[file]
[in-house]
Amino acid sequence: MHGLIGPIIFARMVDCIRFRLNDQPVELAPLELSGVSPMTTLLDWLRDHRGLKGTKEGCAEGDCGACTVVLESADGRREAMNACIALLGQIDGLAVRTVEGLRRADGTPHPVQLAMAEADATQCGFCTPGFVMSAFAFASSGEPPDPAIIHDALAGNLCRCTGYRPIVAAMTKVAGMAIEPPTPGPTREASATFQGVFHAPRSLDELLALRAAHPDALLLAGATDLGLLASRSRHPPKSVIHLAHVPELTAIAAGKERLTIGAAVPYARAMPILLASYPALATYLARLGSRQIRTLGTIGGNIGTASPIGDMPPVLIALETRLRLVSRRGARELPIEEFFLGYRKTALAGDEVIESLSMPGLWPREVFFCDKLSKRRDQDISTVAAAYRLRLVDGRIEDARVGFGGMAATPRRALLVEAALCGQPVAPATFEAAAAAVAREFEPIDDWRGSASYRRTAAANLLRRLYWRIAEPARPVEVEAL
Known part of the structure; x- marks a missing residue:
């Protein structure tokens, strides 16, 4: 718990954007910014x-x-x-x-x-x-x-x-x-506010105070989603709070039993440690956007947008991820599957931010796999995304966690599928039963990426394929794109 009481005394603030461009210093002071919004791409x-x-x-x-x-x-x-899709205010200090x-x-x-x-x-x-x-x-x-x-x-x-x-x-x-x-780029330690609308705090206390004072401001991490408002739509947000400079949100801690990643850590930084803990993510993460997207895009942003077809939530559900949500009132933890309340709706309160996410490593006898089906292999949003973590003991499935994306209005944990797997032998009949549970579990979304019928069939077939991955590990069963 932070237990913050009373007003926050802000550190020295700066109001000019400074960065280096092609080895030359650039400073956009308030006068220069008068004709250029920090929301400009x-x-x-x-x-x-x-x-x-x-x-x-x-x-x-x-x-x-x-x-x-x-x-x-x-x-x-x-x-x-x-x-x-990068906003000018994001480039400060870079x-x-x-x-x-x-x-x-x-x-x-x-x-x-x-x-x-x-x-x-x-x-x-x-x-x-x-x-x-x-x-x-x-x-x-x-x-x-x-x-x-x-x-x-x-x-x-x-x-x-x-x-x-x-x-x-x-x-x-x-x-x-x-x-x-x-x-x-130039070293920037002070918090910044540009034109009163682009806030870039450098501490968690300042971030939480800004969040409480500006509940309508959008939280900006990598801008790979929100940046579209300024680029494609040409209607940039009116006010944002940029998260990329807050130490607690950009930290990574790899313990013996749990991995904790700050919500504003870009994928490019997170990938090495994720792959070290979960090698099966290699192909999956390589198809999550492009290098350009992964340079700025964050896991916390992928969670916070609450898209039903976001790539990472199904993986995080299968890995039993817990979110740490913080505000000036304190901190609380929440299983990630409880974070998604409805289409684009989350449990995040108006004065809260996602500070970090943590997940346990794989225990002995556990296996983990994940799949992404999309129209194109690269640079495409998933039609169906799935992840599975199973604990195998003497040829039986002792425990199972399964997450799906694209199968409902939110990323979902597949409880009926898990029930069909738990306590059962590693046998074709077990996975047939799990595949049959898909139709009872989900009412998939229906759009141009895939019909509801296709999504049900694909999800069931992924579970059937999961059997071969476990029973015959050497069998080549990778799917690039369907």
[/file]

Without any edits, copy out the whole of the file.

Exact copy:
[in-house]
Amino acid sequence: MHGLIGPIIFARMVDCIRFRLNDQPVELAPLELSGVSPMTTLLDWLRDHRGLKGTKEGCAEGDCGACTVVLESADGRREAMNACIALLGQIDGLAVRTVEGLRRADGTPHPVQLAMAEADATQCGFCTPGFVMSAFAFASSGEPPDPAIIHDALAGNLCRCTGYRPIVAAMTKVAGMAIEPPTPGPTREASATFQGVFHAPRSLDELLALRAAHPDALLLAGATDLGLLASRSRHPPKSVIHLAHVPELTAIAAGKERLTIGAAVPYARAMPILLASYPALATYLARLGSRQIRTLGTIGGNIGTASPIGDMPPVLIALETRLRLVSRRGARELPIEEFFLGYRKTALAGDEVIESLSMPGLWPREVFFCDKLSKRRDQDISTVAAAYRLRLVDGRIEDARVGFGGMAATPRRALLVEAALCGQPVAPATFEAAAAAVAREFEPIDDWRGSASYRRTAAANLLRRLYWRIAEPARPVEVEAL
Known part of the structure; x- marks a missing residue:
């Protein structure tokens, strides 16, 4: 718990954007910014x-x-x-x-x-x-x-x-x-506010105070989603709070039993440690956007947008991820599957931010796999995304966690599928039963990426394929794109 009481005394603030461009210093002071919004791409x-x-x-x-x-x-x-899709205010200090x-x-x-x-x-x-x-x-x-x-x-x-x-x-x-x-780029330690609308705090206390004072401001991490408002739509947000400079949100801690990643850590930084803990993510993460997207895009942003077809939530559900949500009132933890309340709706309160996410490593006898089906292999949003973590003991499935994306209005944990797997032998009949549970579990979304019928069939077939991955590990069963 932070237990913050009373007003926050802000550190020295700066109001000019400074960065280096092609080895030359650039400073956009308030006068220069008068004709250029920090929301400009x-x-x-x-x-x-x-x-x-x-x-x-x-x-x-x-x-x-x-x-x-x-x-x-x-x-x-x-x-x-x-x-x-990068906003000018994001480039400060870079x-x-x-x-x-x-x-x-x-x-x-x-x-x-x-x-x-x-x-x-x-x-x-x-x-x-x-x-x-x-x-x-x-x-x-x-x-x-x-x-x-x-x-x-x-x-x-x-x-x-x-x-x-x-x-x-x-x-x-x-x-x-x-x-x-x-x-x-130039070293920037002070918090910044540009034109009163682009806030870039450098501490968690300042971030939480800004969040409480500006509940309508959008939280900006990598801008790979929100940046579209300024680029494609040409209607940039009116006010944002940029998260990329807050130490607690950009930290990574790899313990013996749990991995904790700050919500504003870009994928490019997170990938090495994720792959070290979960090698099966290699192909999956390589198809999550492009290098350009992964340079700025964050896991916390992928969670916070609450898209039903976001790539990472199904993986995080299968890995039993817990979110740490913080505000000036304190901190609380929440299983990630409880974070998604409805289409684009989350449990995040108006004065809260996602500070970090943590997940346990794989225990002995556990296996983990994940799949992404999309129209194109690269640079495409998933039609169906799935992840599975199973604990195998003497040829039986002792425990199972399964997450799906694209199968409902939110990323979902597949409880009926898990029930069909738990306590059962590693046998074709077990996975047939799990595949049959898909139709009872989900009412998939229906759009141009895939019909509801296709999504049900694909999800069931992924579970059937999961059997071969476990029973015959050497069998080549990778799917690039369907």